Virtual carrier sense—When a wireless client transmits a frame, it must include a duration field in the Duration/ID frame header field. The duration indicates how much time is required for the whole frame, plus an interframe gap, plus a return ACK frame, to be sent over the channel. This effectively reserves the channel for that length of time. As long as other wireless clients can overhear a frame and its header, they can predict how long they should wait for the frame to complete. Figure 6-7 depicts the frame duration field and its relationship to the frame length in time.
Figure 6-7 802.11 Frame Duration Field
Each wireless client must maintain a network allocation vector (NAV) timer that is used to predict when the channel will become free. Each time a frame is overheard on the channel, its Duration value is loaded into the NAV. The NAV timer then counts down while the client waits to transmit.
The NAV timer must be at zero before a client can contend for use of the channel. That sounds simple, but the contention process is still a bit more complex. Sensing the carrier alone can alert a client when the medium is quiet and available—except that every client on the channel will come to the same conclusion at the same time! If multiple clients have frames to transmit and all decide that the channel is free at the same time, collisions are still likely.
The 802.3 and 802.11 standards differ when it comes to dealing with collisions. Wired devices can detect collisions in real time so that they can back off and wait a random time to try again. This is known as CSMA/CD (collision detection).
Wireless devices always operate in half-duplex mode, which prevents a client from receiving signals on a channel while it is transmitting. This means that a transmitting wireless client can’t detect when a collision occurs at all. Therefore, 802.11 devices must try to avoid collisions in the first place, resulting in the CSMA/CA (collision avoidance) scheme.
Wireless clients avoid collisions by backing off and waiting a random time before transmitting. Here, time is measured in two ways: by timeslot, a counting tempo at regular intervals, and by a unit called the SIFS, which is defined later in this section. If a client has a frame to transmit, it must wait until the channel is quiet, then it chooses a random number (0 to 31) of timeslots to use as a backoff timer. If there are multiple clients with frames ready to transmit, their random backoff timer values will lessen the likelihood that they will contend to use a channel at the same time. In fact, the range of random timer values is called the contention window.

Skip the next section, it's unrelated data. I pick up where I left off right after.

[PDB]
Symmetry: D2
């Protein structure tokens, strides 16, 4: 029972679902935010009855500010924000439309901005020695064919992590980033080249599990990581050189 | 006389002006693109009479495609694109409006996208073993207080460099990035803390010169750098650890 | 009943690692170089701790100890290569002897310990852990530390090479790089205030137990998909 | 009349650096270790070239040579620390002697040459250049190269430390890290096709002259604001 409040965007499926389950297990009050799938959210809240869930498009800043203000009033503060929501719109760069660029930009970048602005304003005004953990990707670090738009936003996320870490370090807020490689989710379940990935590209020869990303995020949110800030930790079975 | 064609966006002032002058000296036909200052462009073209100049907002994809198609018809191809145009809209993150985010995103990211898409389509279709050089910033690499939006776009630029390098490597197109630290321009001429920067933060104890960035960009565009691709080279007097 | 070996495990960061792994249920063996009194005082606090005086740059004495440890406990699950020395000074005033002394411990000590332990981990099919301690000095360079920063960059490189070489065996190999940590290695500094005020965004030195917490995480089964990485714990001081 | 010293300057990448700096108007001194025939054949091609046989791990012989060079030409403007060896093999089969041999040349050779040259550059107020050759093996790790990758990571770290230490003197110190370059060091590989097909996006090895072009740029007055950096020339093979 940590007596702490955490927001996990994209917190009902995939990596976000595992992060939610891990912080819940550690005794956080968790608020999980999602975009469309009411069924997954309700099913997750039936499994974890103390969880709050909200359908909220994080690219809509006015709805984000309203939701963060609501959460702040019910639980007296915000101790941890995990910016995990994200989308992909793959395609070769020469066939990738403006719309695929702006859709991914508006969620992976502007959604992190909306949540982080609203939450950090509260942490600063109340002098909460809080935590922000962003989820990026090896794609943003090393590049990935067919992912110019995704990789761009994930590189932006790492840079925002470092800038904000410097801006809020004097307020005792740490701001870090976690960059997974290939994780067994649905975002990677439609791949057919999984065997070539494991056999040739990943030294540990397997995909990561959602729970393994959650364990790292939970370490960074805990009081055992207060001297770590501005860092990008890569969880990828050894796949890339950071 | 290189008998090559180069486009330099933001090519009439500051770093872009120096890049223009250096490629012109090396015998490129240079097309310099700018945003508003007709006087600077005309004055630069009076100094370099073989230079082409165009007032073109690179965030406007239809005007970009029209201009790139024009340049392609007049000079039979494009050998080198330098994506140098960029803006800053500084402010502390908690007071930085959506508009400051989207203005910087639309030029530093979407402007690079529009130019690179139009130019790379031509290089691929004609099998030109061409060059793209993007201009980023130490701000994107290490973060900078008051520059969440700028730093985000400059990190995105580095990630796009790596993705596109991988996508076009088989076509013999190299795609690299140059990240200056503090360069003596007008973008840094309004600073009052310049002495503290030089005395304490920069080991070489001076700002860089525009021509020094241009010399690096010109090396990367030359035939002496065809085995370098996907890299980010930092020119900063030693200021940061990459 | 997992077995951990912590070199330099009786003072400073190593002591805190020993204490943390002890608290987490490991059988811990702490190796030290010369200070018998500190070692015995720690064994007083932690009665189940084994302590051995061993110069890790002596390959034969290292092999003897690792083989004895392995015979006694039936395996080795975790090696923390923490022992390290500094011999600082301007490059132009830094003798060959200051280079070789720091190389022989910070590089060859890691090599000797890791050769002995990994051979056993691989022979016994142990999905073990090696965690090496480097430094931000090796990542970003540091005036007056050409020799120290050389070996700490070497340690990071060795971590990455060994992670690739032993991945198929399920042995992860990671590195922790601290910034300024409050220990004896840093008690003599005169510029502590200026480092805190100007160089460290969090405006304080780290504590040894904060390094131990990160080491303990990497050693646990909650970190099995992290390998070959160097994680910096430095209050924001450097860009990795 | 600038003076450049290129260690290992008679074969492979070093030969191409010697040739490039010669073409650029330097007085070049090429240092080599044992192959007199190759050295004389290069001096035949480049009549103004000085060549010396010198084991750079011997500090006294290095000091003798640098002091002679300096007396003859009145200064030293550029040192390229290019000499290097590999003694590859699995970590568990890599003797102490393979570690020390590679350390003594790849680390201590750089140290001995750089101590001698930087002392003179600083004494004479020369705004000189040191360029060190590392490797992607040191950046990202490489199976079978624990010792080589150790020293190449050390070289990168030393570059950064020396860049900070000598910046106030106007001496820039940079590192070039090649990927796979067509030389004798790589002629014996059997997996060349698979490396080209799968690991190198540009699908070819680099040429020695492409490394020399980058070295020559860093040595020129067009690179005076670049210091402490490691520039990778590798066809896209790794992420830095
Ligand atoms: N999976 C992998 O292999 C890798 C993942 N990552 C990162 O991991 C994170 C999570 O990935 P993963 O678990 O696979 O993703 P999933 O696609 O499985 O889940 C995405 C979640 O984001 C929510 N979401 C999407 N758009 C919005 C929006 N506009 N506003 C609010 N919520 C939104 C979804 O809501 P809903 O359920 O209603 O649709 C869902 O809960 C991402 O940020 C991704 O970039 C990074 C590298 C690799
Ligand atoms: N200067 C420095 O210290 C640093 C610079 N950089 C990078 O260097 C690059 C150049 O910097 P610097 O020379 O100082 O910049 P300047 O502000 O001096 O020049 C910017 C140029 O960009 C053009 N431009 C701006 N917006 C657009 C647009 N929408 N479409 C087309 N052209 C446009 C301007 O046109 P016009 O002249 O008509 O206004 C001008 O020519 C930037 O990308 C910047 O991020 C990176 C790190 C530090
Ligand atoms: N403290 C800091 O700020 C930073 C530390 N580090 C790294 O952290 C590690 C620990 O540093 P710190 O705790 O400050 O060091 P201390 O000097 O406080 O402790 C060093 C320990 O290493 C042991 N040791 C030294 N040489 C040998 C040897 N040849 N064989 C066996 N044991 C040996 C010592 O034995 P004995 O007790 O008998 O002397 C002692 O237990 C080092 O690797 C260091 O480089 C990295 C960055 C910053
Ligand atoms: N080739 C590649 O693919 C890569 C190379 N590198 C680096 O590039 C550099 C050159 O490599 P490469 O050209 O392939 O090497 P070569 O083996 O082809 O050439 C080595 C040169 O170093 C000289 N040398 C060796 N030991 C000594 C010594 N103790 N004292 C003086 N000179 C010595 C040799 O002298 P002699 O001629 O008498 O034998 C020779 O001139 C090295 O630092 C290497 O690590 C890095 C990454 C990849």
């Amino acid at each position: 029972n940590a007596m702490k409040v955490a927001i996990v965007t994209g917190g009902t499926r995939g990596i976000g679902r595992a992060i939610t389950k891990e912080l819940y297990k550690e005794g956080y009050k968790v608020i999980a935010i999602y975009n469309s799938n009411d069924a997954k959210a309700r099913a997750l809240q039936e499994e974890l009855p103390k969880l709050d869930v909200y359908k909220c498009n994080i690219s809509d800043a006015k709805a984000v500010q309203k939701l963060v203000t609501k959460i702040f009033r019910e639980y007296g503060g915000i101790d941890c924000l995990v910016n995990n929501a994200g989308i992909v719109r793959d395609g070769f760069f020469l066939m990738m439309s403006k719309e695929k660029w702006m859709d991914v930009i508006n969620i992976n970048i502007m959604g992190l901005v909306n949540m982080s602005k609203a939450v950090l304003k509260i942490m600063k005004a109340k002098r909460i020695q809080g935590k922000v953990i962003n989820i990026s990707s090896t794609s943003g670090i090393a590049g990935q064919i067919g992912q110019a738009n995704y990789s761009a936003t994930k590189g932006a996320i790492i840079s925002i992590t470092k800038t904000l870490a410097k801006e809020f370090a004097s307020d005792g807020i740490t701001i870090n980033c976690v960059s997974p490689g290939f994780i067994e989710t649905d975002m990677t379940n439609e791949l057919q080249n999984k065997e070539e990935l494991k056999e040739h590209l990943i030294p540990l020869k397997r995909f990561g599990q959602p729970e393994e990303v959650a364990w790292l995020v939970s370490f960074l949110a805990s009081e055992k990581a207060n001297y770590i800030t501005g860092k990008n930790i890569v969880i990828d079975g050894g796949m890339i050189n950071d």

If the channel becomes busy before the backoff timer reaches zero, the timer is paused and the overheard frame duration value is added to the NAV. The waiting client can transmit only when every timer mechanism has expired and the channel is available.
Believe it or not, there is one more timing scheme that controls frame transmission. The 802.11 standard defines a few different interframe space periods that provide a safety cushion between frames. These periods of silence give the channel enough time for signals to dampen out—especially when multipath is involved and some reflected copies take longer to propagate than others.
Several different interframe space periods are used, according to the type and priority of the frame being transmitted:
Reduced interframe space (RIFS)—The shortest period of time, used before each data frame during a burst of 802.11n frames; not used by 802.11ac because it allows aggregated frames instead
Short interframe space (SIFS)—Used between data frames and frame acknowledgements or CTS 802.11g protection mode control frames
Distributed interframe space (DIFS)—The default period used after most standard priority frame types
Extended interframe space (EIFS)—The longest period of time, used after collisions and before retransmitted frames
If you feel confused about all the timer mechanisms, try to remember this simple rule. Before a device can transmit on a channel, it must do the following:
1. Wait until the channel is quiet for a DIFS period.
2. Choose a random number and count down the backoff timer.
3. Listen during the countdown; stop counting if another station’s transmission is heard; resume counting after the channel has been quiet for a DIFS period.
4. Once the countdown reaches zero and the channel is clear, the client may transmit.
Assuming all of the carrier sense and collision avoidance methods have worked, how does a transmitting client know that the frame it just sent arrived in good condition? During transmission, the receiver must be off, so there is no way to listen to the channel. Instead, every client must rely on a very rudimentary feedback mechanism. Each time a client receives a unicast frame, it must send a unicast acknowledgement frame back to the sender. The 802.11 standard requires this one-to-one response for every frame received, except in the case of 802.11n, 802.11ac, and 802.11e (WMM) blocks of frames, which require one acknowledgement for a whole block of frames.